LIVESTOCK OR PETS?
- Mardi Ford
- The Observer
More than 15 residents crowded into the already full chambers, lining the walls for a standing-room only La Grande City Council meeting Sept. 20. They brought children, banners and their support for what they had deemed a worthy cause.
As more folks continued to file in, Mayor Colleen Johnson's eyes continued to widen.
What issue on the agenda had packed council chambers like this? Increasing garbage rates? Contested street vacations? Surely not the pending approval for the sale of old library shelving.
Nope Â— it was the chickens.
Three hens to be exact: Pollyanna, Julie and Chicken Little, named by their owner and pint-sized political activist, 6-year-old Kiana Sweeney.
As Kiana and her mother, Sharon Trimble, 501 Washington Ave., stepped up to the podium for public comment, Kiana held onto a scrapbook bursting with chicken memories. The letter Kiana wrote to Santa Claus asking for either a pony or chickens. Pictures of Kiana on Easter Sunday, when the long awaited baby chicks finally arrived. Pictures of Kiana and her dad, Mike Sweeney, building a chicken coop after the hens grew too big to stay in the house. An invitation to, and pictures of, the ensuing neighborhood coop warming and potluck attended by more than 40 other chicken lovers, where everything was allowed on the menu except Â— of course Â— chicken.
"We didn't think it was a good idea to have fried chicken at their party," says Kiana.
Yes, it was all going pretty well for Kiana and her backyard chickens.
Until later on last summer.
Windows left open during warm summer nights brought the sounds of egg laying and hen cackling floating into a neighbor's bedroom window at 4 in the morning.
Driven by the desperation of multiple nights of sleep deprivation, the prefers-to-remain-anonymous complainant finally called the city to lodge a complaint about livestock in the city limits.
The chickens were busted, the city said, and they had to go.
The ordinance was changed in 1993, he added, making La Grande the only town in Union County where residents must comply with such strict rules about backyard goats, lambs, rabbits, poultry (i.e., chickens, ducks and geese) or even guinea pigs, which Â— believe it or not Â— technically qualify as livestock according to the city's ordinance, Boquist said.
The city planner said he wouldn't even begin to guess how many folks in La Grande are in violation of the current city ordinance. Many of them, like Kiana's family, may not even be aware they are violating the law.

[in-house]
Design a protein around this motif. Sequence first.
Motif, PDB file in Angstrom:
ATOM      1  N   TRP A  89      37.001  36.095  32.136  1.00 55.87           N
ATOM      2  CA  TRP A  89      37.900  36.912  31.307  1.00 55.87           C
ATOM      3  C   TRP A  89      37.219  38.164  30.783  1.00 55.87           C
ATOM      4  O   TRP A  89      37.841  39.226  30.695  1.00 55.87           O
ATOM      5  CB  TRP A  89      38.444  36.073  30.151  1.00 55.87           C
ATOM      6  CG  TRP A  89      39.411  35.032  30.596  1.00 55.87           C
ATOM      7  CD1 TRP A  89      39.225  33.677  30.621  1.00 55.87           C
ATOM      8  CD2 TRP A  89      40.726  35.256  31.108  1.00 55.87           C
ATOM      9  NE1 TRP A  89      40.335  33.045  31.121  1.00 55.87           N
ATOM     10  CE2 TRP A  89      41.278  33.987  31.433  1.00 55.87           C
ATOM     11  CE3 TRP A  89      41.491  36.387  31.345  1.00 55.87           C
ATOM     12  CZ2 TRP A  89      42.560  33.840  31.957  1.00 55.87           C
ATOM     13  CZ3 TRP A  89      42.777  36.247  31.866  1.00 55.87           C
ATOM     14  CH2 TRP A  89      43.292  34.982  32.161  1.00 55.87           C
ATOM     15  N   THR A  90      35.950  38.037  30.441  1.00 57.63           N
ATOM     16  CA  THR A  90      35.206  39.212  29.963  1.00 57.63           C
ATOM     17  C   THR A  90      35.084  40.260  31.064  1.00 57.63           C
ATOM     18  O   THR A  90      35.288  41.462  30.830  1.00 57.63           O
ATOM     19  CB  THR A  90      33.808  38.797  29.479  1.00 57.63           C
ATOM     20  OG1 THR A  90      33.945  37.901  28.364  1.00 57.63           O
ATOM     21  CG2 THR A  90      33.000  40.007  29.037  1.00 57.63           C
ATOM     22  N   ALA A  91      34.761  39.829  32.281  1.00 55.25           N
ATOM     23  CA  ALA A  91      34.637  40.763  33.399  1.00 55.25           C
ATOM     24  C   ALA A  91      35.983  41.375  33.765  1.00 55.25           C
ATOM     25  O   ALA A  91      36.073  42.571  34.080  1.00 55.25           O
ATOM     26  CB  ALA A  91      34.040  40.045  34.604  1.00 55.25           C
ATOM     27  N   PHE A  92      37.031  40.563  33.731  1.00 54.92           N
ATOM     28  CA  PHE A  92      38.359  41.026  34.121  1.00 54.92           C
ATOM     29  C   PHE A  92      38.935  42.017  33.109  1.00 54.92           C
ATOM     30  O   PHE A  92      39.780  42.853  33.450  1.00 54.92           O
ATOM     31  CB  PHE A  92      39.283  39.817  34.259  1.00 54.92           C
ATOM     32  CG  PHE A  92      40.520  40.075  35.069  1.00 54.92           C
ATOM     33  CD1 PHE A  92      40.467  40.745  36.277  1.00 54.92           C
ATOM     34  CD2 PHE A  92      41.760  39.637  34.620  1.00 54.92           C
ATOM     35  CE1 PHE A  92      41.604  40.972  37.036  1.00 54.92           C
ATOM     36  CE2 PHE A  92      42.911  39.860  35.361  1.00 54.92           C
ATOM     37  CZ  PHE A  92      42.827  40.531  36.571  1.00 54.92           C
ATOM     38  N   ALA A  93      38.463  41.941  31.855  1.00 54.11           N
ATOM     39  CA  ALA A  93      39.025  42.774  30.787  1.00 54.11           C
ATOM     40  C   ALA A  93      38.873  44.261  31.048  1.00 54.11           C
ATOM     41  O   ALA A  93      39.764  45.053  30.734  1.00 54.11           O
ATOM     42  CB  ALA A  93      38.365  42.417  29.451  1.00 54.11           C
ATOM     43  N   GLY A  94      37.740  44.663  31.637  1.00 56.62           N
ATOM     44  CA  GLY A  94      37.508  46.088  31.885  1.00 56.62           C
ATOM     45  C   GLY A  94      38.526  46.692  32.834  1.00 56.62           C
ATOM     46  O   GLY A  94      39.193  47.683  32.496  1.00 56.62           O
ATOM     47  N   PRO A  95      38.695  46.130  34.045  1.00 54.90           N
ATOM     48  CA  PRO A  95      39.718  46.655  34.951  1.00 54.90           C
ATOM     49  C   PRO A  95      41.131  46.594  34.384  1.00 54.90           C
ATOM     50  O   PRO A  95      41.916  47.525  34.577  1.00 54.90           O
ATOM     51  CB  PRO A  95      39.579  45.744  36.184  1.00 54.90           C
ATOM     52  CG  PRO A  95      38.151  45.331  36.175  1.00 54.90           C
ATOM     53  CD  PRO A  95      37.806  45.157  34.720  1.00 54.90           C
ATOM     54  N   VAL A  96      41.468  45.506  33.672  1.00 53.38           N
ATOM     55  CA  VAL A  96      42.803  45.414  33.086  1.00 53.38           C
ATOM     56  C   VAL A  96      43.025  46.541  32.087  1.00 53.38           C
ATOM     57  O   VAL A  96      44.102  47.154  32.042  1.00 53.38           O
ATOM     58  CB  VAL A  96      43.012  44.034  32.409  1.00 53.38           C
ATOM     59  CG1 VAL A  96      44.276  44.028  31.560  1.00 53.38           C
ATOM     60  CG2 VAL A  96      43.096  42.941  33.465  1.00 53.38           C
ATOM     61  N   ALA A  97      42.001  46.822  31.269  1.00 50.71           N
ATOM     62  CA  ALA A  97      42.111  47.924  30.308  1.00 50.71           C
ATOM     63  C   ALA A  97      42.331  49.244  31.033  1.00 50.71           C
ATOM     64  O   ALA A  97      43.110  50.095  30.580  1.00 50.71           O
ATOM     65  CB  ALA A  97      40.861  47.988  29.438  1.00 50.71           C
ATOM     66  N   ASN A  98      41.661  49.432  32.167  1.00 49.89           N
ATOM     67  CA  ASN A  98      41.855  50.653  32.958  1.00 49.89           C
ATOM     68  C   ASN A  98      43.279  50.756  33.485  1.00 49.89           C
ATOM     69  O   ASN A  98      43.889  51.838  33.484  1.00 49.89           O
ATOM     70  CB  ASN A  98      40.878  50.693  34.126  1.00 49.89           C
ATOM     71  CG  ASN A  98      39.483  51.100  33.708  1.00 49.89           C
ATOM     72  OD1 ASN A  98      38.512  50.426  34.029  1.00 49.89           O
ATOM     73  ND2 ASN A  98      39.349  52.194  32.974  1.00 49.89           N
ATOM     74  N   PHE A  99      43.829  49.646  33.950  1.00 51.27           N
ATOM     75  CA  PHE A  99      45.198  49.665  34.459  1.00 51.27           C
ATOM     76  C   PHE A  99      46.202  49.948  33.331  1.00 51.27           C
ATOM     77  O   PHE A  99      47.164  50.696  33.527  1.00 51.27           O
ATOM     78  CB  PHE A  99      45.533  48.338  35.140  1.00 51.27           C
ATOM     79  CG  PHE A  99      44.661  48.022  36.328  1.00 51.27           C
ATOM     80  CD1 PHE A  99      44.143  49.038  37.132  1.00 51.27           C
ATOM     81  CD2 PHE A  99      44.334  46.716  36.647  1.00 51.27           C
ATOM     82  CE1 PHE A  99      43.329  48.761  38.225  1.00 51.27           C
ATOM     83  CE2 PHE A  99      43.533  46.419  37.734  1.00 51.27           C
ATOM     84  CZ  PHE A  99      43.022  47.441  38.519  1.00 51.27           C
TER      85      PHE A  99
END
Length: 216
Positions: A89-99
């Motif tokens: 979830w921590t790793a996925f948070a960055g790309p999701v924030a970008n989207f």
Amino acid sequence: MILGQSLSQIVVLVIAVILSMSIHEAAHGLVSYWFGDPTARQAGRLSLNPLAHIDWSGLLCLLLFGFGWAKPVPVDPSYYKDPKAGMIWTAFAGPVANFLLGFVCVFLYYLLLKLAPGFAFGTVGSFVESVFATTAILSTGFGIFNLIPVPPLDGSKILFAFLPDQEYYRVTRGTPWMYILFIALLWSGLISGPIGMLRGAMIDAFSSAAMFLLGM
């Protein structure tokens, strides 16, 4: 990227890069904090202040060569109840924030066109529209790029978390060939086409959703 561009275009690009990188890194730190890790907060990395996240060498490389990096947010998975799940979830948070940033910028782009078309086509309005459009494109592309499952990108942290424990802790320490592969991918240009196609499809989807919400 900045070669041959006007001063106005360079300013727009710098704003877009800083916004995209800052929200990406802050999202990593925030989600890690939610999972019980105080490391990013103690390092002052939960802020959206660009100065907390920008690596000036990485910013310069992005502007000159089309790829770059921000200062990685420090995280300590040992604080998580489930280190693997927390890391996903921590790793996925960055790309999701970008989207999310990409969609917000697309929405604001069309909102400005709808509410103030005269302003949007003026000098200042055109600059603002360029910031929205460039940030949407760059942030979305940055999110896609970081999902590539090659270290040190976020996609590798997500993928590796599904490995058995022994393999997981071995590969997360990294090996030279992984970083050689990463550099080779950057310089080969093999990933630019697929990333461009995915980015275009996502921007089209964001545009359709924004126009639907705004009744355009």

Councilman Steve Clements had been contacted by Sharon Trimble and Mike Sweeney about their chicken problem and encouraged them to make use of the process and attend the council meeting to speak during the public comment period.
Trimble fought to maintain composure, as Kiana pranced in front of the council bench proudly showing off her scrapbook.
"It was either this or a pony. We really had no idea we were doing anything wrong. There are people all over our neighborhood who either have chickens or want them," the kindergarten teacher said. "These chickens aren't livestock, they're my daughter's pets."
When the council asked to see a show of hands in support of the Trimble-Sweeney family and their chickens, more than half of those in the room raised their hands. A few took advantage of the public comment period to voice support, as well.
"Do you all have chickens, too? No, better not answer that one," joked Clements. "I run all over this town Â— down alleys and everywhere. I can tell you there are backyards full of chickens and rabbits Â— which fall into the same classification Â— all over this town," said Clements. "Maybe we should take a look at this. At the least, maybe there needs to be some flexibility in the language."
Kiana's parents are realistic when it comes to the fate of their chickens and taking on the process to change a city ordinance.
"We know we may not be able to keep the chickens much longer," said Kiana's father, Mike Sweeney. "But there is a lot of support for us and, whatever it takes, we're going to see if we can't get this ordinance changed."
The next step is that the family will appear in municipal court to answer charges of violating the city ordinance. At some point, Sweeney said, they hope to have a chance at a hearing to plead their case. Although Pollyanna, Julie and Chicken Little may qualify as livestock according to the city, the hens' owners will argue they are pets.
Why chickens? Why not a cat or a dog or a turtle?
"'Cause they're cute and they're soft and I love 'em. Chickens make good pets," Kiana answered.
Although Boquist certainly understands Kiana's parents' dilemma, he holds little hope for an outcome favorable to the chickens if the case gets a hearing.
"Even if the judge wanted to do something right now (to let them keep the chickens), I don't see how he could. The livestock ordinance would have to be changed and that is a six-month process," Boquist said.
Boquist agrees with Clements that there probably are a staggering number of
La Grande residents keeping backyard livestock as pets without realizing they are in violation of a city ordinance.
"These people just got caught. We get a complaint and we investigate," Boquist said.
He added that recently the idea of a change in the ordinance to allow a more flexible interpretation was considered, but didn't get off the ground. He welcomes a discussion about such a change, even looking at short-term 4-H or FFA projects, within the proper zoning and property sizes.
If the public organized, Boquist said, and presented a strong enough case to the city council for such a change, the idea might just have a leg to stand on.